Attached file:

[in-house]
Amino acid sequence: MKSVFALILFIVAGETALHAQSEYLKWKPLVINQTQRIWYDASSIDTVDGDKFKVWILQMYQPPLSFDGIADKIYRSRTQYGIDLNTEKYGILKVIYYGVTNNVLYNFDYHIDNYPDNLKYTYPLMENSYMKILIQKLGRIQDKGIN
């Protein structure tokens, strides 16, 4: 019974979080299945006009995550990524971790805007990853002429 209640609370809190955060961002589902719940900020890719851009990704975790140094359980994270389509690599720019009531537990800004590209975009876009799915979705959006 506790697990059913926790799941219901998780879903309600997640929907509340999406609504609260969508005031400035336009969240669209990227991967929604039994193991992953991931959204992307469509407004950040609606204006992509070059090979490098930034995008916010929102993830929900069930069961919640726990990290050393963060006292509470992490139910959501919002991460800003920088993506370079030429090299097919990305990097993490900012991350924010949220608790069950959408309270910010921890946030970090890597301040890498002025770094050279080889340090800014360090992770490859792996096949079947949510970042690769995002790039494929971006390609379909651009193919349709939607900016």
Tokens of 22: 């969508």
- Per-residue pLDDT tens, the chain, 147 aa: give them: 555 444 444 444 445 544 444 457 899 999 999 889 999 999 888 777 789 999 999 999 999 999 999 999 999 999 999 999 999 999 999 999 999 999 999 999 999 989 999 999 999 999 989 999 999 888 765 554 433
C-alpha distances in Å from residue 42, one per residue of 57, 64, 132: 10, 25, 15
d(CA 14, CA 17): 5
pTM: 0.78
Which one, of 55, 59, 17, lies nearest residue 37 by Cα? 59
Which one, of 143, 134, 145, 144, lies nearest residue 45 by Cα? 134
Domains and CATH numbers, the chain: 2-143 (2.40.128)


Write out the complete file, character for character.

[in-house]
Amino acid sequence: MKSVFALILFIVAGETALHAQSEYLKWKPLVINQTQRIWYDASSIDTVDGDKFKVWILQMYQPPLSFDGIADKIYRSRTQYGIDLNTEKYGILKVIYYGVTNNVLYNFDYHIDNYPDNLKYTYPLMENSYMKILIQKLGRIQDKGIN
């Protein structure tokens, strides 16, 4: 019974979080299945006009995550990524971790805007990853002429 209640609370809190955060961002589902719940900020890719851009990704975790140094359980994270389509690599720019009531537990800004590209975009876009799915979705959006 506790697990059913926790799941219901998780879903309600997640929907509340999406609504609260969508005031400035336009969240669209990227991967929604039994193991992953991931959204992307469509407004950040609606204006992509070059090979490098930034995008916010929102993830929900069930069961919640726990990290050393963060006292509470992490139910959501919002991460800003920088993506370079030429090299097919990305990097993490900012991350924010949220608790069950959408309270910010921890946030970090890597301040890498002025770094050279080889340090800014360090992770490859792996096949079947949510970042690769995002790039494929971006390609379909651009193919349709939607900016």
Tokens of 22: 């969508």
- Per-residue pLDDT tens, the chain, 147 aa: give them: 555 444 444 444 445 544 444 457 899 999 999 889 999 999 888 777 789 999 999 999 999 999 999 999 999 999 999 999 999 999 999 999 999 999 999 999 999 989 999 999 999 999 989 999 999 888 765 554 433
C-alpha distances in Å from residue 42, one per residue of 57, 64, 132: 10, 25, 15
d(CA 14, CA 17): 5
pTM: 0.78
Which one, of 55, 59, 17, lies nearest residue 37 by Cα? 59
Which one, of 143, 134, 145, 144, lies nearest residue 45 by Cα? 134
Domains and CATH numbers, the chain: 2-143 (2.40.128)